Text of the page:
Tuesday, 6 February 2018

Autism and Spoon Theory

 
The picture shows 12 spoons.
 
Christine Miserandino was the first person to write about 'Spoon Theory', in 2003.  Her original article can be found at:

https://butyoudontlooksick.com/articles/written-by-christine/the-spoon-theory/

Since then, a large number of people from the disability and neurodiversity groups have used this as a basis for explaining our own situations.

I am sometimes asked about how 'spoon theory' relates to autism.  I shall explain it from my own perspective, in this blog.

Firstly, a reminder of the principles of 'spoon theory'.  Let us say that an average person wakes up in the morning with (say) 12 units of energy to 'spend' on the daily activities.  Once all that energy is used up, they can do no more and must rest. 

Christine illustrated it by imagining the units of energy as something physical - and the first thing she found was 12 spoons in a cutlery drawer.  So those became the example. 

Each spoon represented a 'unit' of energy for that person.  She then explained how much energy each daily task, each social event, took to complete for her, as someone with a long-term health condition.    Each missing unit of energy meant that she had one fewer 'spoon' for the day.  If she had overspent the amount of energy, maybe she could borrow a 'spoon' of energy from tomorrow....but then, tomorrow, she would have fewer units of energy to complete that day.  It is a helpful example of how much of a challenge life can be, for people placed in situations which require huge energy to complete. Autism is not a health condition, but if we are put into inappropriate social and sensory situations, we can run out of ability to keep our brain operating.  When that happens, we go into meltdown or shutdown.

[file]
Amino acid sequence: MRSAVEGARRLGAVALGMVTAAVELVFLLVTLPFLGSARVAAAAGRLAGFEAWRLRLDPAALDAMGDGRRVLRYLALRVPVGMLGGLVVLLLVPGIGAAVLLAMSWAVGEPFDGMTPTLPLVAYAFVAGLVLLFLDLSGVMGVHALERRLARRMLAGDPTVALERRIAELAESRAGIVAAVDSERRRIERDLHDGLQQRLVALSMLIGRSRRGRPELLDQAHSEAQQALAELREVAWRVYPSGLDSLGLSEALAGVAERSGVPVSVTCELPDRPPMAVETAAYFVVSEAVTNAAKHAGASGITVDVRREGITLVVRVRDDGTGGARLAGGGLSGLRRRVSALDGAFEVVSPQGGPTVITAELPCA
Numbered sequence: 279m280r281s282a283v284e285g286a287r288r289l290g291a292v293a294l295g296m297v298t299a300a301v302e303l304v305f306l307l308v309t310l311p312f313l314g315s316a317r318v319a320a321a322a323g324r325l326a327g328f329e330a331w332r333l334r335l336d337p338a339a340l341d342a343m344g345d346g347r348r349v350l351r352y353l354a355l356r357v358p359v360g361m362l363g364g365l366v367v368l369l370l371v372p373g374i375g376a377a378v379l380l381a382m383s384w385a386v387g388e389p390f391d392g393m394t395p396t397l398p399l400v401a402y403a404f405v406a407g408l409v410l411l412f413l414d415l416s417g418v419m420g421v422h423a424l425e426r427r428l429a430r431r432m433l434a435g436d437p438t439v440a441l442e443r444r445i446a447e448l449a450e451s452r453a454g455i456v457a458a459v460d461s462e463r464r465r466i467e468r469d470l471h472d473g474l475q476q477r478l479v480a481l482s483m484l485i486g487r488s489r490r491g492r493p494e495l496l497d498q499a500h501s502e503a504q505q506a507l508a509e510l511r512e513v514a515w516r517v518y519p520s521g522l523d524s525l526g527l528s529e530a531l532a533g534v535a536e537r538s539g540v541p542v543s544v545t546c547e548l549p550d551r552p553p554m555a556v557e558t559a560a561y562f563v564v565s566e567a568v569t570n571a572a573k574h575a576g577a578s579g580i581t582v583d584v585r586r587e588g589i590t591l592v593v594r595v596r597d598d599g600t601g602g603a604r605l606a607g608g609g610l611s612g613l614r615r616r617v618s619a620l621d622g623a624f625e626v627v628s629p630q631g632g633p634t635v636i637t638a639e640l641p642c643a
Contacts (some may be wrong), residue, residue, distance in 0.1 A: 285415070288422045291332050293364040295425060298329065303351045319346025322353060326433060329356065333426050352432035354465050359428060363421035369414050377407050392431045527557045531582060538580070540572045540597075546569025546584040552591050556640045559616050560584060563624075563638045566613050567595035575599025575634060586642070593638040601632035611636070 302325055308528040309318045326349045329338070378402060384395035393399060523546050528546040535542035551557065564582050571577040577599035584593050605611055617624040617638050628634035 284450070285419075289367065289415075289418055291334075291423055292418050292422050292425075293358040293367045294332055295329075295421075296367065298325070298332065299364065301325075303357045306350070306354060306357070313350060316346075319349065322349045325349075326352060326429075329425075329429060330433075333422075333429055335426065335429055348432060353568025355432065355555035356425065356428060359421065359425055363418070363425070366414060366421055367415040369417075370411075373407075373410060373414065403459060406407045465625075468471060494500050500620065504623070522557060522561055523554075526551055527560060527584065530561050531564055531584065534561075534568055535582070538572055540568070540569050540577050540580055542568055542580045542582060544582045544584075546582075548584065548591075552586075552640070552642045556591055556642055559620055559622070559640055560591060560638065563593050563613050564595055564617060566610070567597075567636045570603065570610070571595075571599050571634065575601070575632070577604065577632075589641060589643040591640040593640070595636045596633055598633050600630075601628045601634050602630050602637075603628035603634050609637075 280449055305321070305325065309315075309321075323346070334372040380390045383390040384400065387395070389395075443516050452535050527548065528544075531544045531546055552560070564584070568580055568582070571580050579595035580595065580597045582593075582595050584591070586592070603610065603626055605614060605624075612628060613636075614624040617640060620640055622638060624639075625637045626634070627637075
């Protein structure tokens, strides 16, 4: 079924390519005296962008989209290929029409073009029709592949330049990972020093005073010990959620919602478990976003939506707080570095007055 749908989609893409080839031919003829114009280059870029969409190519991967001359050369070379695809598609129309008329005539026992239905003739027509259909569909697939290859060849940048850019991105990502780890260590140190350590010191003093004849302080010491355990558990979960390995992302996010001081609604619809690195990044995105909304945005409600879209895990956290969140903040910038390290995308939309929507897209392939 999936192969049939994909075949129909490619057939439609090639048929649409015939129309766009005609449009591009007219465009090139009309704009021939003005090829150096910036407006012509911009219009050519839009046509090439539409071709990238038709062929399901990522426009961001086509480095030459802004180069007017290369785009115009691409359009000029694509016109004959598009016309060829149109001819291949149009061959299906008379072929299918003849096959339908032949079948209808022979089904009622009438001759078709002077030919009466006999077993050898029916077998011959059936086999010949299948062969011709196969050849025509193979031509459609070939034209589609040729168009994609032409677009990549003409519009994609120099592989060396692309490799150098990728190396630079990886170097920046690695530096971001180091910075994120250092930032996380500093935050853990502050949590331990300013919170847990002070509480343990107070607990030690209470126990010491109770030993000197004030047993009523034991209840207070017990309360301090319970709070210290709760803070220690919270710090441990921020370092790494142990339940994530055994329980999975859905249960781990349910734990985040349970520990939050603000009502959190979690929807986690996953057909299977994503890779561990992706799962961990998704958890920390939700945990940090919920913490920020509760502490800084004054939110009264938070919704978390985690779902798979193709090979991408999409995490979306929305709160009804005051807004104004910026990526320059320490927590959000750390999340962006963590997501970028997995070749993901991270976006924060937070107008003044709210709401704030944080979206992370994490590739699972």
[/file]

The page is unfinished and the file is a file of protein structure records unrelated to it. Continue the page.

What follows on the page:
What is it like for me?  I'll take tomorrow as an example.

Let us say that I wake up with those 12 units of energy, represented by the 12 spoons.
I can do at most 12 things, before they're gone.
Some of the things need more than one unit of energy to complete.

For me, a possible list would be:

Showering, including drying and any lotions or deodorants etc.
Cleaning teeth.
Washing and drying hair.
Getting dressed.
Dealing with the morning tasks for the house, family and animals.
Driving a long distance.
Giving a talk to an audience.
Carrying out work for the business or charities.
Visiting a shop to buy ingredients for dinner.
Preparing dinner for the family and sorting out evening tasks for the house, family and animals.
Meeting a friend in the evening.
Getting ready for bed.

That's 12 things.  But do I have enough 'spoons'?

Showering, including drying and any lotions or deodorants etc. - 2 spoons.
Cleaning teeth - 1 spoon.
Washing and drying hair - 2 spoons.
Getting dressed - 1 spoon.
Dealing with the morning tasks for the house, family and animals. 1 spoon.
Driving a long distance. 2 spoons.
Giving a talk to an audience. 1 spoon.
Carrying out work for the business or charities. 1 spoon.
Visiting a shop to buy ingredients for dinner. 2 spoons if it's a small shop, maybe 3 or 4 if it is a sensory nightmare.